Well, no, it's not very simple. This is a highly condensed treatment of how this works, but it'll help you get started anyway.
One of the problems with learning Java on your own is that there's a pretty high threshold of understanding before the pieces start to fall into place, but the only way to get there is to struggle through and ask questions, as you're doing, and to read a lot of explanations of the same ideas. Sometimes you have to take all the ideas and just go over them repeatedly until they click together.

THANKS! that helped a ton! I'm experimenting with a Text based game if you know what im talking about. sort of like "Swords of chaos". Could you take a look at my code sometime and tell me what you think?


Don't know Swords of Chaos. When you say "text-based", do you mean something like Zork, or the other old infocom games? Those are pretty good stuff. You know, Infocom had a pretty cool engine for making those games work. Sort of an early virtual machine, really. If you poke around, you can actually find implementations of their engine - I think they called it the Z-Machine, or something like that. That might give you some ideas on how this sort of thing has been done once.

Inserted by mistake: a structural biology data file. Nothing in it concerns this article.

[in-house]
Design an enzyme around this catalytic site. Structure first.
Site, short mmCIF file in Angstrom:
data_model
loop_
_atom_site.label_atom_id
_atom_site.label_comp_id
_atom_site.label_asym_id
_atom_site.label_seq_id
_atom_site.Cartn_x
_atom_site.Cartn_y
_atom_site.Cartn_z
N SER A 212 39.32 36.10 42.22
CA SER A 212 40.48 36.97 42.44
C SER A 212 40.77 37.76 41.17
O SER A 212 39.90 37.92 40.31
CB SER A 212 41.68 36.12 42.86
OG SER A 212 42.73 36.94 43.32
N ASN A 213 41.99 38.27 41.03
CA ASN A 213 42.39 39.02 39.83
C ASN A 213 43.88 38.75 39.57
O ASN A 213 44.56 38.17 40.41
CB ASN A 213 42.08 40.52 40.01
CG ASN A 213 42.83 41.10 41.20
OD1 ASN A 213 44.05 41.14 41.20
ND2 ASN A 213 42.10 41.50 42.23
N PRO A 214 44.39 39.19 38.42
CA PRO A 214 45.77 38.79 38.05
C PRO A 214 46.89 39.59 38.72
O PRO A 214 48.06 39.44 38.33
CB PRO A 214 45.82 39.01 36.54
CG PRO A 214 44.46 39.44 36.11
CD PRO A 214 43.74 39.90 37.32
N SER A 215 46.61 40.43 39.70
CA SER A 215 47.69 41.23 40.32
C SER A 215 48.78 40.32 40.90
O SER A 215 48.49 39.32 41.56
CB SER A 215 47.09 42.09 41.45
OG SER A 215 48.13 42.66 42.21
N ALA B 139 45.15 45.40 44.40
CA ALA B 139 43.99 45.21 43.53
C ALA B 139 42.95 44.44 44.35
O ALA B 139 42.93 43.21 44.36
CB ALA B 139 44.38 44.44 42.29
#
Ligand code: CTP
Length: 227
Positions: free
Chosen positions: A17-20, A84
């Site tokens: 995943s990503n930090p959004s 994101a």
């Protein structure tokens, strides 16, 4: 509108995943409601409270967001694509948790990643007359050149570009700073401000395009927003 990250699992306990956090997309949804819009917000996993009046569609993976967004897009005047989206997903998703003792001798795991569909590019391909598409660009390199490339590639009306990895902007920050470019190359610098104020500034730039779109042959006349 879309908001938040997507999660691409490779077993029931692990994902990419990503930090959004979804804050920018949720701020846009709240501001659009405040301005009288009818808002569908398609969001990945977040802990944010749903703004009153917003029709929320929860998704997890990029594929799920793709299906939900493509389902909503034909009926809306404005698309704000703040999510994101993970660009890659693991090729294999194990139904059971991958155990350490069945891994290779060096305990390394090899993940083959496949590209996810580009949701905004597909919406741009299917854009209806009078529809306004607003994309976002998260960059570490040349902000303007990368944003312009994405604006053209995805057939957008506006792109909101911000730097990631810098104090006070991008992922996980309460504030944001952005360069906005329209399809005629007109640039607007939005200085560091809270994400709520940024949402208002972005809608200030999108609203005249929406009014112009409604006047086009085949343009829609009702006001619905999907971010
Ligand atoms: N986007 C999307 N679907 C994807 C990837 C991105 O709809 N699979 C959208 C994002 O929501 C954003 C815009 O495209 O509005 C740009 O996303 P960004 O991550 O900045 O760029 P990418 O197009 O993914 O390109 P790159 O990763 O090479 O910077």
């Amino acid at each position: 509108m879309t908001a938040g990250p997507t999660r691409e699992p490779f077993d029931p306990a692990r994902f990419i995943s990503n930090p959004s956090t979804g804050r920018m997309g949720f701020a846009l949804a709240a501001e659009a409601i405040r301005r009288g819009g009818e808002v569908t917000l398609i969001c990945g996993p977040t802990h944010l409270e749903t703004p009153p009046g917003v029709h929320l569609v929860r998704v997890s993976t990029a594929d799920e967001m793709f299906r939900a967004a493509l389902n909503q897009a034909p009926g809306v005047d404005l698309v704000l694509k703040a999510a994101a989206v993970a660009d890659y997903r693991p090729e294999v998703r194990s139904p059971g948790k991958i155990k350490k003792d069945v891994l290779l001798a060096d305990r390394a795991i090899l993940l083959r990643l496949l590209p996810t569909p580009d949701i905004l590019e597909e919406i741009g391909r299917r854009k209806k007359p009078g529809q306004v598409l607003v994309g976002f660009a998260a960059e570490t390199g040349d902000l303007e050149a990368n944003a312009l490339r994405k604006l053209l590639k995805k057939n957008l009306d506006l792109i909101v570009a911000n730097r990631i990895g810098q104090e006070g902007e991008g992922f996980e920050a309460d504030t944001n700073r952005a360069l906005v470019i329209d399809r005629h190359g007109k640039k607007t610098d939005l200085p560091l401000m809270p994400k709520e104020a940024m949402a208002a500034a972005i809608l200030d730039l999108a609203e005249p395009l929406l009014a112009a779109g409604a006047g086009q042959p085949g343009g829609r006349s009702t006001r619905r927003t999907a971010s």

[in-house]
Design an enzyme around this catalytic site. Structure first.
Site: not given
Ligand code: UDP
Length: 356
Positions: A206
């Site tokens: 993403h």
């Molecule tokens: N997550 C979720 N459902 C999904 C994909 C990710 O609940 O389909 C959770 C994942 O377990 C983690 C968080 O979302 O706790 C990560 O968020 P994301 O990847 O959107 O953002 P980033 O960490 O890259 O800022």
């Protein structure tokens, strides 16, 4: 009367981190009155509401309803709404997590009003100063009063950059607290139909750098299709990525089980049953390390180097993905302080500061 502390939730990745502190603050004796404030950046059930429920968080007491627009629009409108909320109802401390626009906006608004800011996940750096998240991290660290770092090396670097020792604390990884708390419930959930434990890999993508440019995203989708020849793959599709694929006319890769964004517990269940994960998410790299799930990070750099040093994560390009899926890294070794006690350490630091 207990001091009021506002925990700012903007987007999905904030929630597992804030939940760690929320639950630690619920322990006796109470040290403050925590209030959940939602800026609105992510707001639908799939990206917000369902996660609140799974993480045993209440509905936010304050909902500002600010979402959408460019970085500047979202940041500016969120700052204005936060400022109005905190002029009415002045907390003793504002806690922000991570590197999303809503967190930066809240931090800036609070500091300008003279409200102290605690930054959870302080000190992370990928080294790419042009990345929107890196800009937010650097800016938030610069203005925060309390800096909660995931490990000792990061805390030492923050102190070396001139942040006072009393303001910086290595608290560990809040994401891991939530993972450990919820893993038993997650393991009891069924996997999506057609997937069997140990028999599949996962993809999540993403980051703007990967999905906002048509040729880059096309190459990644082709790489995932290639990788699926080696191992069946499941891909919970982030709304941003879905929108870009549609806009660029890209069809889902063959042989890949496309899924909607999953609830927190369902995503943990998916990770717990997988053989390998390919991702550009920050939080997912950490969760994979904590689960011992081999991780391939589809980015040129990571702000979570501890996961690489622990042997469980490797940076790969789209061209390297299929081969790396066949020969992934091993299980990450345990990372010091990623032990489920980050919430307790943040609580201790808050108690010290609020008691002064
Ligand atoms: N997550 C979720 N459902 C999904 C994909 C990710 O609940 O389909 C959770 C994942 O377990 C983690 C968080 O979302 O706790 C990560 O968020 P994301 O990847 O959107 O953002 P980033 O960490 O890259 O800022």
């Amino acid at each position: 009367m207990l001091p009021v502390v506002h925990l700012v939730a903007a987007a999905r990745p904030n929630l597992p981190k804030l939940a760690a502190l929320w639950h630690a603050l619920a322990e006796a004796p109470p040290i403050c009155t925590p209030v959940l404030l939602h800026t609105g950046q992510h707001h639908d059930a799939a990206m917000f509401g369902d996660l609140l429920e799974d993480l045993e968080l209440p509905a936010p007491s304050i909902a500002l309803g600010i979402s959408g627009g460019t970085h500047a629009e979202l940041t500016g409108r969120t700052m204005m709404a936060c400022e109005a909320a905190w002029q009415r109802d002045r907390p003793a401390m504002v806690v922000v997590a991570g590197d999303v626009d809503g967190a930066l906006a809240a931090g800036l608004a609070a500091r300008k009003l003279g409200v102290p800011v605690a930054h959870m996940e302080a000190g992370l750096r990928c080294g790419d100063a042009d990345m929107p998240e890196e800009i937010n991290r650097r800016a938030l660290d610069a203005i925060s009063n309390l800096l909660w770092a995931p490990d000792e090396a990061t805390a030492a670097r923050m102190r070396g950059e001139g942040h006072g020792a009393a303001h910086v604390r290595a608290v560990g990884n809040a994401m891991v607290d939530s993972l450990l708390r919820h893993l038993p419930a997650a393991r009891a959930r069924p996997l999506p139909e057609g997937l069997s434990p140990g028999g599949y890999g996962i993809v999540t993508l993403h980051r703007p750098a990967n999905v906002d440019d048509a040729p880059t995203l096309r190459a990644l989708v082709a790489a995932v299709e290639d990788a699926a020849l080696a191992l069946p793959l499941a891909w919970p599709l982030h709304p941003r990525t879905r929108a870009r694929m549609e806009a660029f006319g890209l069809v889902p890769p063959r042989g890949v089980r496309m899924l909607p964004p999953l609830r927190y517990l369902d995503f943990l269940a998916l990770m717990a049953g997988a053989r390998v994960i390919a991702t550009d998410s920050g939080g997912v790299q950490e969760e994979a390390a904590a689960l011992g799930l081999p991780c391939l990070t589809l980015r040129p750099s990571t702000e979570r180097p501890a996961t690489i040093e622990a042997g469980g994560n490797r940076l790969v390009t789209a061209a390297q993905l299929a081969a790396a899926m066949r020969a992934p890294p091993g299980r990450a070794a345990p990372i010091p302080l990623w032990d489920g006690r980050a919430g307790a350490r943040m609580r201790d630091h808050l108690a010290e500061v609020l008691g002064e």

I've never heard of those games either. but when i say text base i mean like...

"You enter a dark dungeon, obvious exits are North and South. n/s?"

and you go through a dungeon. Eventually i hope to add leveling up your character, fighting monsters and items. but thats a bit much for now. im just working on getting a dungeon where you can go from room to room.

This may distract you a little from your coding, but go here and download Zork, plus an appropriate Z machine for your system. You might have to try a few, the interpeters are all pretty much amateur affairs. Once you find one that works, the games should play fine. And there's a ton of games, so I'm afraid I may have just ruined your social life for the next few years... sorry about that.